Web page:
DSpace Publications

This collection holds a selection of electronic documents produced during the course of the DSpace@Cambridge project. These include whitepapers and presentations from conferences and local case study write-ups.


Recent Submissions

Now showing 1 - 7 of 7
  • ItemOpen Access
    DSpace@Cambridge support pages 2007-2013
    (2013) DSpace@Cambridge Team
  • ItemOpen Access
    DSpace@Cambridge Implementation Project website
    (Cambridge University Library, 2003) Morgan, Peter; Massiou, Anna
  • ItemOpen Access
    Self-archiving and DSpace@Cambridge
    (2007-11-12) Stangeland, Elin
  • ItemOpen Access
    DSpace Update
    (2006-10-19T11:20:58Z) Downing, Jim
    The presentation covers some key facts about the state of the DSpace software and community in October 2006. On the software side 1.4 has been release, 1.4.1 is coming soon and some potential features of 1.5 are described. The development community is large and growing, having adopted an Apache project model. Some centralized organization is required; the status of the governance development process is described.
  • ItemOpen Access
    Chemistry in DSpace
    (2006-04-20T10:22:31Z) Downing, Jim
    This presentation is an overview of the SPECTRa project that was delivered at the DSpace User Group meeting in Bergen in April 2006. The need for Open Data is described, as is the particular problems that exist for Open Data in Chemistry. The structure of the SPECTRa project is explained, and more detail is given on the projects first area of work; crystallography.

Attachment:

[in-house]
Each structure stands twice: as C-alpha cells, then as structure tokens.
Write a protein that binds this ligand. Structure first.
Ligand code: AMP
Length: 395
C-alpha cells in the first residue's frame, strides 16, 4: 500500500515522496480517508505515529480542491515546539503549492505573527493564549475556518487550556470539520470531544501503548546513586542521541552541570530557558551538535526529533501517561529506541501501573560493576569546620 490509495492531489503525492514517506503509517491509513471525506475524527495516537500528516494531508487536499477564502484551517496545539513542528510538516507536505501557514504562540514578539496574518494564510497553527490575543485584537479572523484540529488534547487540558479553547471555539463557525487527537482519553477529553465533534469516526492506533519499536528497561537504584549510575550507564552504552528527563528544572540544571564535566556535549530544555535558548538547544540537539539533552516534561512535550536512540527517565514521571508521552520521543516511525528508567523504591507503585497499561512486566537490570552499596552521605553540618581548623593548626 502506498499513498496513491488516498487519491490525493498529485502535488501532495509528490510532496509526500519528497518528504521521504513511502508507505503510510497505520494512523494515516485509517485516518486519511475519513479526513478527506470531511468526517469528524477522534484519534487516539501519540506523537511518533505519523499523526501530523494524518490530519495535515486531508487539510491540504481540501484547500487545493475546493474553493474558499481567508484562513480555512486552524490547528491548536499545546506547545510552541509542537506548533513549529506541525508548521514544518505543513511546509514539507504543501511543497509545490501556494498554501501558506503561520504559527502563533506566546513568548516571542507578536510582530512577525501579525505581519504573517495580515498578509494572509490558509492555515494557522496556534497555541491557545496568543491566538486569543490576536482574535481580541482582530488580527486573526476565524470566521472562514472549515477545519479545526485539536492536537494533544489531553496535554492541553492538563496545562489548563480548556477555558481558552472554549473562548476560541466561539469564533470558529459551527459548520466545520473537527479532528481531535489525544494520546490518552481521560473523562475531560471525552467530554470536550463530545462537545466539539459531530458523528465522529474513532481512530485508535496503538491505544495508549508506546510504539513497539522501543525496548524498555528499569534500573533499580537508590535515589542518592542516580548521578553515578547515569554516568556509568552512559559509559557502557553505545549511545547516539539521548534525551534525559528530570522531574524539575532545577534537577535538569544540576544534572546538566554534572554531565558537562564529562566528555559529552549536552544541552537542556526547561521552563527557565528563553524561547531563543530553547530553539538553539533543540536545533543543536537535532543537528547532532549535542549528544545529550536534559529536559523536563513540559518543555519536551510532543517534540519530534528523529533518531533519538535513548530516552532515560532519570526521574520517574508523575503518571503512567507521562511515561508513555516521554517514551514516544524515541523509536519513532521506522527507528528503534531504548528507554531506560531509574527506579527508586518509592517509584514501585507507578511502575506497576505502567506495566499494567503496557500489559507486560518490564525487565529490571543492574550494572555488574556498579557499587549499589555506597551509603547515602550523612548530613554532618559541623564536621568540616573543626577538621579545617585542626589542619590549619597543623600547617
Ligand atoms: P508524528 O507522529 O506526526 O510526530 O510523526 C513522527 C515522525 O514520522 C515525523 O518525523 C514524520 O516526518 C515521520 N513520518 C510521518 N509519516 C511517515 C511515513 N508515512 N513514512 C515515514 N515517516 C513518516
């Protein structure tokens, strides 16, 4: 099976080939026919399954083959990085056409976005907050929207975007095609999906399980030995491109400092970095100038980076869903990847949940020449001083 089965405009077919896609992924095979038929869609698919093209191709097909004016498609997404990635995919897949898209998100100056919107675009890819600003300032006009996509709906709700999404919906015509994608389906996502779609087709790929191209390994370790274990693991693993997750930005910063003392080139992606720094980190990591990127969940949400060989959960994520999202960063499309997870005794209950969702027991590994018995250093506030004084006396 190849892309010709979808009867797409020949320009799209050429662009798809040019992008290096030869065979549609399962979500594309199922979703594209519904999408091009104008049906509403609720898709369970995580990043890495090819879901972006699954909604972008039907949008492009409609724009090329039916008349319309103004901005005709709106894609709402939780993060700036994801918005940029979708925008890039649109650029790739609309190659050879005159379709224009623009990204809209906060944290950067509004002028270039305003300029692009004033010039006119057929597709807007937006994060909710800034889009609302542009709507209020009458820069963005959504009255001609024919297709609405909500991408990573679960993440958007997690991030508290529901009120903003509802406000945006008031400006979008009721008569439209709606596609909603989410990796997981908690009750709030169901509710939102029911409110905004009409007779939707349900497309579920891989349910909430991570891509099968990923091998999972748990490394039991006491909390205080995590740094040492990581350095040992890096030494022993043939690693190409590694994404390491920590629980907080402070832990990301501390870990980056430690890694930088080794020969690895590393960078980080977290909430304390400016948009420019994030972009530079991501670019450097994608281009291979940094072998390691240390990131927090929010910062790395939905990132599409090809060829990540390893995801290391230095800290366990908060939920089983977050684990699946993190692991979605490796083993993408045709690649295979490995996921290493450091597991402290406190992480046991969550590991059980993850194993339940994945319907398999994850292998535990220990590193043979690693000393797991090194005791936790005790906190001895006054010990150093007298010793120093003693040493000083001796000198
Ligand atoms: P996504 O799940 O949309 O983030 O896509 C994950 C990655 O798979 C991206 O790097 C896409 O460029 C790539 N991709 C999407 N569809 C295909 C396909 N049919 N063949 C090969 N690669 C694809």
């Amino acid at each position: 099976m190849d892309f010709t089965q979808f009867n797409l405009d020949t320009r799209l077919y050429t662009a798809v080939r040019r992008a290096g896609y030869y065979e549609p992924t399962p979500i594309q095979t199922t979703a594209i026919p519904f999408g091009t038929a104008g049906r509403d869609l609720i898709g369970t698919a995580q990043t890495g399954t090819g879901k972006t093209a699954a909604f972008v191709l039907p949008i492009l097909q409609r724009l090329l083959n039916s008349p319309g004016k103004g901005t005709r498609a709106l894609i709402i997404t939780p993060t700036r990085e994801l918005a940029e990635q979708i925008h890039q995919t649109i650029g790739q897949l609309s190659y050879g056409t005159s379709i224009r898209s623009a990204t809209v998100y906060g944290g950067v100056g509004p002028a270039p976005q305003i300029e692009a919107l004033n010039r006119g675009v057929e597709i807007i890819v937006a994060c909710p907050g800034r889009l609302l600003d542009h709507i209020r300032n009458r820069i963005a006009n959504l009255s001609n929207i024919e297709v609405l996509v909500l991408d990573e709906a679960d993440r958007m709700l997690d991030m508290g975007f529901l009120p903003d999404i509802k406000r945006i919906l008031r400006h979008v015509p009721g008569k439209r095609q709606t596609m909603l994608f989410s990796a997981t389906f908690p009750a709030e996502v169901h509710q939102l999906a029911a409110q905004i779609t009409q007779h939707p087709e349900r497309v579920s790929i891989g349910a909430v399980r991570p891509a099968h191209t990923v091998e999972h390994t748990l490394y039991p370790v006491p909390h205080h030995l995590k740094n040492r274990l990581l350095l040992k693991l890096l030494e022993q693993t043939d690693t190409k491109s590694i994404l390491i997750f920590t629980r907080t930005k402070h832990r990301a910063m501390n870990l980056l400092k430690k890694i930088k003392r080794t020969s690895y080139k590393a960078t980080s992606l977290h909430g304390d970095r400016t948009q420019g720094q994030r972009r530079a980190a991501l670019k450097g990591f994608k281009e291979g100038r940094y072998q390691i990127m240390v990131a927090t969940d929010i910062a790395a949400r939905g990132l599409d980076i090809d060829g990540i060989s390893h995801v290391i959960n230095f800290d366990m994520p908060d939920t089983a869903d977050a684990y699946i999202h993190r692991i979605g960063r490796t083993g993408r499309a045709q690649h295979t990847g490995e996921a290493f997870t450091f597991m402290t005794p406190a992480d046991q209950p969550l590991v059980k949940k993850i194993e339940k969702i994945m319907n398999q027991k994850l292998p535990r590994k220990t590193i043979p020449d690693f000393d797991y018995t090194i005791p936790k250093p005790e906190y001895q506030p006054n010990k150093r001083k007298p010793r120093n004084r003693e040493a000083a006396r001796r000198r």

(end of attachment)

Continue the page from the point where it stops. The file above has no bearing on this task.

• ItemOpen Access
    DSpace@Cambridge: implementing long-term digital preservation
    (2005-10-04T12:09:18Z) De Mulder, Tom
    DSpace@Cambridge is an institutional archive set up to deal with the long-term preservation of information in a wide range of formats over an indefinite period of time. In this paper we look at some long-term digital preservation strategies, as they are currently implemented in our archive. We describe the value of documentation of file format specifications for future data accessibility. We examine the impact and usefulness of constant concurrent data migration to several different formats. We illustrate our approach with case studies of applying these principles to chemical and archeological scientific data.
  • ItemOpen Access
    A workflow for digitalization projects
    (2005-06-21T08:11:12Z) De Mulder, Tom
    More and more institutions want to convert their traditional content to digital formats. In such pro jects the digitalization and metadata stages often happen asynchronously. This paper identifies the importance of frequent cross-verification of both. We suggest a workflow to formalise this process, and a possible technical implementation to automate this workflow.
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